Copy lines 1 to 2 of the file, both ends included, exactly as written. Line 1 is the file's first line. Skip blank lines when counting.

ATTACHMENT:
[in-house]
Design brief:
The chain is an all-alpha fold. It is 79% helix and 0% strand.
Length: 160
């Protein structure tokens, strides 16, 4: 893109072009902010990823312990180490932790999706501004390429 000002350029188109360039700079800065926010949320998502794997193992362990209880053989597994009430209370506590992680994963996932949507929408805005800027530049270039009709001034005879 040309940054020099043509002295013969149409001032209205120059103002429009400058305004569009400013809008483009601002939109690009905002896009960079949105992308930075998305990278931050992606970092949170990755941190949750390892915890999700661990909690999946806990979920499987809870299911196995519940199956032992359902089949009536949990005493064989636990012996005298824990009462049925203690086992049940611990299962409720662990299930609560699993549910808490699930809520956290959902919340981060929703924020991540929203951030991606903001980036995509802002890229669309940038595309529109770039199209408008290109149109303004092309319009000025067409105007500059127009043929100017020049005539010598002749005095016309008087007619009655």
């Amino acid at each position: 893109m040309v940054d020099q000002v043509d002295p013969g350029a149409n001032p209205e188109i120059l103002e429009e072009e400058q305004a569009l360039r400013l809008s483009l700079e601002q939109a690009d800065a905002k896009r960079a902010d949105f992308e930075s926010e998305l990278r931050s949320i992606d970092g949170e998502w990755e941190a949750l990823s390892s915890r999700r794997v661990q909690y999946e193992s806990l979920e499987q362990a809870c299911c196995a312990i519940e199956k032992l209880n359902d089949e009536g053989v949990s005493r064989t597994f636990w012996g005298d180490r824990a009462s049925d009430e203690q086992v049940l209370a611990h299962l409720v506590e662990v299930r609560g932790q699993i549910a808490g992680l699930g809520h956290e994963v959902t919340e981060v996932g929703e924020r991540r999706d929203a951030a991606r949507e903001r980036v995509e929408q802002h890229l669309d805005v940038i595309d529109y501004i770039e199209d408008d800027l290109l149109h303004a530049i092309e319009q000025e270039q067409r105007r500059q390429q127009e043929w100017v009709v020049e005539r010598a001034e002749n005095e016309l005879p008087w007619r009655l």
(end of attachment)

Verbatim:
[in-house]
Design brief: